In the poem, The Road Not Taken, Robert Frost writes of the two roads that diverged in a wood and his inner struggle to select the correct path, even if it’s not the easy one. We’ve arrived at this crossroad in our use of telehealth to care for patients in recovery for opioid use disorder (OUD).
One road, reinforced by a recent study published in JAMA Psychiatry, points to the continuation of telehealth. It found that people who received telehealth care for OUD during the Covid-19 pandemic on average had better outcomes and a lower risk of overdose than their pre-pandemic counterparts who received almost no treatment via telehealth.
The other road, underscored by disastrous decisions by Walmart and the state of Alabama, reverts to ending the use of telehealth for OUD care and falling back solely on our old and inadequate infrastructure of in-person programs. Walmart has stopped accepting buprenorphine prescriptions from telehealth providers unless they can demonstrate that they’ve physically seen the patient, effectively defeating the purpose of telehealth.
Which of these two roads should we take?
I am saddened and frustrated by decisions that would turn the clock back on the progress we’ve seen through telemedicine. Opioids killed more Americans than car crashes and flu combined in 2021. At 80,816 lives lost in 2021, the annual death toll approaches Covid’s.
In the days before, Alabama’s new law took effect in July, it put lives at risk. Forced to stop accepting new patients in that state, my medical group had to scramble as 400 of our 550 established patients in the state were unable to access in-person care. Our addiction specialist physicians and I are licensed in Alabama, but because we do not physically live in the state, we were unable to see patients in person to comply with the law. In order to avert tragedy, we flew our physicians to Birmingham so that our patients could complete an in-person visit with them in a hotel conference room. We saw 235 patients in a week, but that still left 165 likely facing a poor outcome.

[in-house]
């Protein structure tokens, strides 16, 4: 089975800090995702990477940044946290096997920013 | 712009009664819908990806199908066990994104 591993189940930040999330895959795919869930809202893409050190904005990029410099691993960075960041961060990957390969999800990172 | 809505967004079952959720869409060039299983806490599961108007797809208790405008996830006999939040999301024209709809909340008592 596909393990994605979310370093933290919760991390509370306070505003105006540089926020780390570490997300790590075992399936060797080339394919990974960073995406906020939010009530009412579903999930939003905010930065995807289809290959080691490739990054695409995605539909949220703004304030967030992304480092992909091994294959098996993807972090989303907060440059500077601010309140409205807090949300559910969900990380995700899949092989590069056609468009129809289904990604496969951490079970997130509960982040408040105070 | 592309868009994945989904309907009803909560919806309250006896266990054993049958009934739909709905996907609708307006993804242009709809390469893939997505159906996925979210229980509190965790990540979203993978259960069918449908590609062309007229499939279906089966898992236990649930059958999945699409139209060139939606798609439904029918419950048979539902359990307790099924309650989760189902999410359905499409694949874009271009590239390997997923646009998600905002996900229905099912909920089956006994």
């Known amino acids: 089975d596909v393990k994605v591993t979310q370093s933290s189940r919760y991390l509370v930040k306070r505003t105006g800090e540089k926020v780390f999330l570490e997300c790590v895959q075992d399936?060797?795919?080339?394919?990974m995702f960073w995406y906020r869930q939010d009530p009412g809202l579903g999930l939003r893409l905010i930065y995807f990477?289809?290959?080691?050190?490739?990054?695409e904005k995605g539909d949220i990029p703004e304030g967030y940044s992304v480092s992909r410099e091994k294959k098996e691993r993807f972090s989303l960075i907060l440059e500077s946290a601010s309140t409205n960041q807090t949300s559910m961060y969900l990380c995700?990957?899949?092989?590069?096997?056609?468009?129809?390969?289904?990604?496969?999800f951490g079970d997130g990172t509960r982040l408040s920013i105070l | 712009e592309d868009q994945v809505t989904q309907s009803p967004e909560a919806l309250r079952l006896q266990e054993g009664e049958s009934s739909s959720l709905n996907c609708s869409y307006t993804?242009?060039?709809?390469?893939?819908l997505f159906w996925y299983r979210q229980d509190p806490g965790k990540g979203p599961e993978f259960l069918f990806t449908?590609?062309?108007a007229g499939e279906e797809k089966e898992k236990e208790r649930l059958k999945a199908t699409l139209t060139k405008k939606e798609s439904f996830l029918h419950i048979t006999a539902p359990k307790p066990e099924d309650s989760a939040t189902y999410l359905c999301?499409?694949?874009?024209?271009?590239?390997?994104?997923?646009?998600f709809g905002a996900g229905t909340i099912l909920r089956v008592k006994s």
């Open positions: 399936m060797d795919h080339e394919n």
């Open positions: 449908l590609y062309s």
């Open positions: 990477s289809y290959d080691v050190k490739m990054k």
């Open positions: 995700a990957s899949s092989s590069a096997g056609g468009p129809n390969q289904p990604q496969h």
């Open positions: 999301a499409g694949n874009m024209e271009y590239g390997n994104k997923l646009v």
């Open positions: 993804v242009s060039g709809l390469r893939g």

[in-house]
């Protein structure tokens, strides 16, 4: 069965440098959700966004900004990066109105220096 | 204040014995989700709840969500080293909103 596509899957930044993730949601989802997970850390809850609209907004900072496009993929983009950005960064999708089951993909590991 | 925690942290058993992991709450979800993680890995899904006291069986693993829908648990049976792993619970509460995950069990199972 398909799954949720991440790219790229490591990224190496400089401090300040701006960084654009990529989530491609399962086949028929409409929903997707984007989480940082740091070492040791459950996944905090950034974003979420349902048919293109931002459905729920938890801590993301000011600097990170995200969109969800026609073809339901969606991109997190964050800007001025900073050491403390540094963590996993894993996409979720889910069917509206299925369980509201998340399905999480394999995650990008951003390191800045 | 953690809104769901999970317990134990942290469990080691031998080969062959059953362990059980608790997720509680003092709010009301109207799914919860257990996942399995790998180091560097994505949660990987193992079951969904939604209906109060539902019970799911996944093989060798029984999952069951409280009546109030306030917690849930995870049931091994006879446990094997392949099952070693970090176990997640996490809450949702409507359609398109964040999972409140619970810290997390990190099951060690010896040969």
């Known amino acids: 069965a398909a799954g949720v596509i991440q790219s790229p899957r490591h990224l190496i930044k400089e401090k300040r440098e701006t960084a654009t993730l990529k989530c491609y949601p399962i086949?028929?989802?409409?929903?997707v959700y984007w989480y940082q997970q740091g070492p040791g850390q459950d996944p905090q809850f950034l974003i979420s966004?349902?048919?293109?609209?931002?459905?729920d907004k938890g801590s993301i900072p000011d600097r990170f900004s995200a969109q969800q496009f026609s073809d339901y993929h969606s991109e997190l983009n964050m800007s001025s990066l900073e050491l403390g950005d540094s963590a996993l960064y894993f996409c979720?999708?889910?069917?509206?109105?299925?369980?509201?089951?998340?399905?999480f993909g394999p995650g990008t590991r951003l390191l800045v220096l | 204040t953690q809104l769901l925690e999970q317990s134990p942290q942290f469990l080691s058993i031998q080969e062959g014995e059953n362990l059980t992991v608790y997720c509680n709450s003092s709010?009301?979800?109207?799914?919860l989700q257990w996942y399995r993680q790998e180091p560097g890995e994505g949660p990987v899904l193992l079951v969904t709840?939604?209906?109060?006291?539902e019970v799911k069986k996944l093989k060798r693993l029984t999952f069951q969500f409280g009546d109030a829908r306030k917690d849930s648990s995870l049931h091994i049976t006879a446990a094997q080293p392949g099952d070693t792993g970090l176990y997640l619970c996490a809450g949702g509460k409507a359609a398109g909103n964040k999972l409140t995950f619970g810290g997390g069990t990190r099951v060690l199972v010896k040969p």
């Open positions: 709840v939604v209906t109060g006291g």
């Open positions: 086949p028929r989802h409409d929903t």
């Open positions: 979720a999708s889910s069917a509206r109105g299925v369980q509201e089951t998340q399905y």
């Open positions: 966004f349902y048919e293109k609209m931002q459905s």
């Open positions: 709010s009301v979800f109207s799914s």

I suspect the root of their decisions is a tendency to conflate telemedicine with lax practice. Consider Cerebral, a prominent telemedicine company that has been charged with fostering negligent prescribing of amphetamine (Adderall) without establishing a proper diagnosis. This is an allegation of negligent practice, like the negligent prescribing of opioids. However, there are also successful, crucial telemedicine programs built and run by skilled clinicians who are deeply invested in their patients and seeing excellent outcomes.
Make no mistake, it’s necessary to stop harmful practices. But in restricting the prescribing ability of all telemedicine providers regardless of care quality, the decisions by Walmart and Alabama have overgeneralized the reaction against a minority of problematic practices.
For every patient using telemedicine to recover from opioid addiction, these decisions to remove that access are potentially fatal. Buprenorphine is the only effective medication for OUD which can be provided both through in-person clinics and through telemedicine. Effective OUD treatment, for the right patients under the direction of a qualified treatment provider, blocks the effects of other opioids and protects against returning to problematic opioid use (“relapse”) and overdose. It’s effective at preventing death and disability while care continues, but when discontinued abruptly, most patients will return to problematic opioid use within a year, and many will experience an overdose. However, it has been utilized so poorly that nine out of ten Americans who suffer from problematic opioid use cannot or do not access it.